1. Archive your emails

Another technique to try is to archive all your emails that do not need to be visible in your inbox but you don’t want to delete. Archiving them moves them out of the inbox but keeps them readily accessible. With most of your messages archived out of the way, Gmail will only have to load and display new, incoming email conversations that you haven’t read in the inbox.

To archive, a message in your inbox, hover your cursor over the message, then click the first icon that appears over the right end of it: the box with the down arrow is the Archive button. The message will be removed from the inbox, but you can access it by clicking All Mail in the left sidebar.

You can also archive multiple emails in your inbox at once: Click on the checkbox to the left of each message you want to archive. Then click the Archive button in the toolbar that’s above your inbox and below the search box.

  1. Take it easy with the browser extensions

There are a lot of extensions for Chrome, Firefox and other browsers that add features to Gmail that it doesn’t already have, such as email tracking or additional formatting tools for composing messages. The Gmail Sender Icons extension, for example, shows the domain name and favicon associated with the sender’s email address next to the subject heading of their email, which you will find helpful for quickly identifying senders.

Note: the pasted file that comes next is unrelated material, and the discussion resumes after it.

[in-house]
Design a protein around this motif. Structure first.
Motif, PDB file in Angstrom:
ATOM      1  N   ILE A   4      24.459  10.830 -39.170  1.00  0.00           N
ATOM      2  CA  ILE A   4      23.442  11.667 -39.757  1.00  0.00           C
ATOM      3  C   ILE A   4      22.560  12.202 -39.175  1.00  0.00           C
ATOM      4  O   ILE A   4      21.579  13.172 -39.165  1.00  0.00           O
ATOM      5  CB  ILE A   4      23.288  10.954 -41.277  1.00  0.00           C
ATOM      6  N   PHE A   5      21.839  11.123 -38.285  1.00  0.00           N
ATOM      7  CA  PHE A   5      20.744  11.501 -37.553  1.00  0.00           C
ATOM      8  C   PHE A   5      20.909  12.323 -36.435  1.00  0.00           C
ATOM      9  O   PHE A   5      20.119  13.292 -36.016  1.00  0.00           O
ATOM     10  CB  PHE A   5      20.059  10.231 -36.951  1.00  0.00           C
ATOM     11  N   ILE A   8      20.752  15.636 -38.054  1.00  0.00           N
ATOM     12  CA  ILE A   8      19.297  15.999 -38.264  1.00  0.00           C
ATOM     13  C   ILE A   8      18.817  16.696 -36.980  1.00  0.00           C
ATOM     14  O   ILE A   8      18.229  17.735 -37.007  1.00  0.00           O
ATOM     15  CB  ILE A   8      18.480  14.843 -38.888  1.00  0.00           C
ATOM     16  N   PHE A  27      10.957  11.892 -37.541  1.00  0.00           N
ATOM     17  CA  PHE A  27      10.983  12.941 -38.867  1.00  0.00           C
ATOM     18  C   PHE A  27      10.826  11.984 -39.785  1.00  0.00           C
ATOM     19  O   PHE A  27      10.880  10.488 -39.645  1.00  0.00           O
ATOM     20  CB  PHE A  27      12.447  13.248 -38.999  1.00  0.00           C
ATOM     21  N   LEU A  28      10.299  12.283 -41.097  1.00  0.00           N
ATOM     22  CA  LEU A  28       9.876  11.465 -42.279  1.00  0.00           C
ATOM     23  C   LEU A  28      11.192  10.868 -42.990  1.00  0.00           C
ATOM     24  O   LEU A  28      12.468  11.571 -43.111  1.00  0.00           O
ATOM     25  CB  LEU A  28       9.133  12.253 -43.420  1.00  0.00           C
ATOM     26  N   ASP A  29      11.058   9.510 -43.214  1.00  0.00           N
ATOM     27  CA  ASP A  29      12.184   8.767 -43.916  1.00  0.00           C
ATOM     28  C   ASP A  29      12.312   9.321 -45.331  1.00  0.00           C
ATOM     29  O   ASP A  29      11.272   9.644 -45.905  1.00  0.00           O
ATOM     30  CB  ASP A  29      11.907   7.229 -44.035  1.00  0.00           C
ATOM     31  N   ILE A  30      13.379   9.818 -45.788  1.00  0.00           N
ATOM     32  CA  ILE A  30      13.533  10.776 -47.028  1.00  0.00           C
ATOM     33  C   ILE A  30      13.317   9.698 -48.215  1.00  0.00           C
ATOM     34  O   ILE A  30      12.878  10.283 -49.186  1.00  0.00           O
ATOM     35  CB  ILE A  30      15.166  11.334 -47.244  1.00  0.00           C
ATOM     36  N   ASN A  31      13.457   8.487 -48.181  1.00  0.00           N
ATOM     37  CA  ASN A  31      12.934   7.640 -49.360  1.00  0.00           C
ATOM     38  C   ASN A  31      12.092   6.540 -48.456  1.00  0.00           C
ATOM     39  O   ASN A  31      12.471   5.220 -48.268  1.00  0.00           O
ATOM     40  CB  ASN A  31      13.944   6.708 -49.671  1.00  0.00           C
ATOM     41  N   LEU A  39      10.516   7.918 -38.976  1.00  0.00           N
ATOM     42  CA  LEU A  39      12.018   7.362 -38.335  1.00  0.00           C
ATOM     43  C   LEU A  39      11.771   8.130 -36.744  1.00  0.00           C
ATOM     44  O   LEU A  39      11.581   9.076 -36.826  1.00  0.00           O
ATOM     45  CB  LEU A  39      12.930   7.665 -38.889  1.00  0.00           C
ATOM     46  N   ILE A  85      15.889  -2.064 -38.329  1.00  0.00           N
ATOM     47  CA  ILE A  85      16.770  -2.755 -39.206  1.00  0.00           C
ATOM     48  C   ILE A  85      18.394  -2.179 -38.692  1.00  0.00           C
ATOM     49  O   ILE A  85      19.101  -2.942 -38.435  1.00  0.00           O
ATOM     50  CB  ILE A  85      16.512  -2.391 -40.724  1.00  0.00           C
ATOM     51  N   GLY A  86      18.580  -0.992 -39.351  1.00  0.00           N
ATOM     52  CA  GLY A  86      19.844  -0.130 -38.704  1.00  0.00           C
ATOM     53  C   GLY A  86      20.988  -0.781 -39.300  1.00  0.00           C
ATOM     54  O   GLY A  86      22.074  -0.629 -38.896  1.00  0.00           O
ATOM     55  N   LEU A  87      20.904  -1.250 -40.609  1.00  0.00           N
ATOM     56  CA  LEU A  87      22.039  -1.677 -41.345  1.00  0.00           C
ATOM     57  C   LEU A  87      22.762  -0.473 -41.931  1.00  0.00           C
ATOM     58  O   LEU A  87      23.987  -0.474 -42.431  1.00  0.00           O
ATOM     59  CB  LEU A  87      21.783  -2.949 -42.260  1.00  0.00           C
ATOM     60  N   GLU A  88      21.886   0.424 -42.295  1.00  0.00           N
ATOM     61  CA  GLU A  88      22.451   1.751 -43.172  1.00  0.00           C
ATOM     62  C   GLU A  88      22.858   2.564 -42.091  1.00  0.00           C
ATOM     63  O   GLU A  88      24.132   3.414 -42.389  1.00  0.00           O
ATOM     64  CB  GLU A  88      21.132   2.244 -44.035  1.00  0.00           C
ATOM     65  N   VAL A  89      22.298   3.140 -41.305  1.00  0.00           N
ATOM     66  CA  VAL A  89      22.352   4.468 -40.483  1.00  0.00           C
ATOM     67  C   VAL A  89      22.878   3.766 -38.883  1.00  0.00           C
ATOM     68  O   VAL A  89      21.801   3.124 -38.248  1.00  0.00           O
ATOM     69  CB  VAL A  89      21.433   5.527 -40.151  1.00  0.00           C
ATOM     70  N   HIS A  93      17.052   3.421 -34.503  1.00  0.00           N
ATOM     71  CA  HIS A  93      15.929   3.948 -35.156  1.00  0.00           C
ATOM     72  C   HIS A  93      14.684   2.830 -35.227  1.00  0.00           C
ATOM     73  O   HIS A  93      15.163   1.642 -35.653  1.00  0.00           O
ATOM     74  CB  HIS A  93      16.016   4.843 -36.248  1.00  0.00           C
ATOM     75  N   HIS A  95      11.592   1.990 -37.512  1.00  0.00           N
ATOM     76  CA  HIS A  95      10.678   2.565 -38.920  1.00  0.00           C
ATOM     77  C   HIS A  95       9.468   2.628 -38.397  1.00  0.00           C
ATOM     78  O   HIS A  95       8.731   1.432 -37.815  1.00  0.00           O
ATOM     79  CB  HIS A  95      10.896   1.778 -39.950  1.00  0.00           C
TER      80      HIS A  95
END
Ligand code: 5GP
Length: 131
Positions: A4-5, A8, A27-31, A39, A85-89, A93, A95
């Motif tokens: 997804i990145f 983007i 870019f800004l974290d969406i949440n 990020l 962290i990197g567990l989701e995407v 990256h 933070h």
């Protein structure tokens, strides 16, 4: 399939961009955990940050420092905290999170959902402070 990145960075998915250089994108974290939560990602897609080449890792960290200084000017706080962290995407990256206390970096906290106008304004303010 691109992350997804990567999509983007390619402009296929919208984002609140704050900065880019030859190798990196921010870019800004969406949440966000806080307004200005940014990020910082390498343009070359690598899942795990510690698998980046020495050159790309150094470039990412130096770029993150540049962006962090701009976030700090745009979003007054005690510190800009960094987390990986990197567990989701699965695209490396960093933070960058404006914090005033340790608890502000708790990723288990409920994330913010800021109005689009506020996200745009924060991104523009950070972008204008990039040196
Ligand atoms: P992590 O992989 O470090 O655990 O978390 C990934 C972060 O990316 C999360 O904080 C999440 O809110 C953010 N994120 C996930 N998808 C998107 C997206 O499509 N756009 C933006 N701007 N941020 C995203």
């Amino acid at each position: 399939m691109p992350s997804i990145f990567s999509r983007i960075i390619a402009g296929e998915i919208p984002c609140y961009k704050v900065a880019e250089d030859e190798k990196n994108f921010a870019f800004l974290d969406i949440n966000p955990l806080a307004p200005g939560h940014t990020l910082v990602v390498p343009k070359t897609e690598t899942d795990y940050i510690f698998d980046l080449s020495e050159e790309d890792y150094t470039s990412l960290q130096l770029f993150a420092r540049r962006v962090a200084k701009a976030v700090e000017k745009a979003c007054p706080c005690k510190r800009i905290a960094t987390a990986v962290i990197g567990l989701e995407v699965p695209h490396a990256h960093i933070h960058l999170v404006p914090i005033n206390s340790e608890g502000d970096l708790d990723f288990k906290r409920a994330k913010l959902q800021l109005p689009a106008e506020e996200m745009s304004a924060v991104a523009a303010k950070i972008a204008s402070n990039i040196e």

Unfortunately, every one of these extensions can slow down how Gmail loads and performs at least a little. So, stick with only the one or two Gmail extensions that you find most useful.

  1. Reduce the number of inbox tabs

A nice feature of Gmail’s default inbox view is that it uses Artificial Intelligence wizardry to sort your incoming emails into a category: Primary, Social, Promotions, Updates or Forums. Emails that Google decides are most important to you go in the Primary category. Those that contain information tied to your social networks are categorized under Social. Promotional emails that are not spam, go under Promotions. Bills, statements and the like go under Updates, and mailing list messages go into Forums. Each category is represented as a tab along the top of your inbox. Clicking that tab shows you the emails sorted under it.

Alas, these tabs can slow the loading of the Gmail inbox. So, you should keep only the tabs you want and eliminate those you don’t.

Click the gear icon and then choose Configure inbox. In the panel that pops up, uncheck the inbox categories that you don’t want to have anymore. Click the Save button. Incoming emails that would have been sorted under those categories will then go to your main inbox.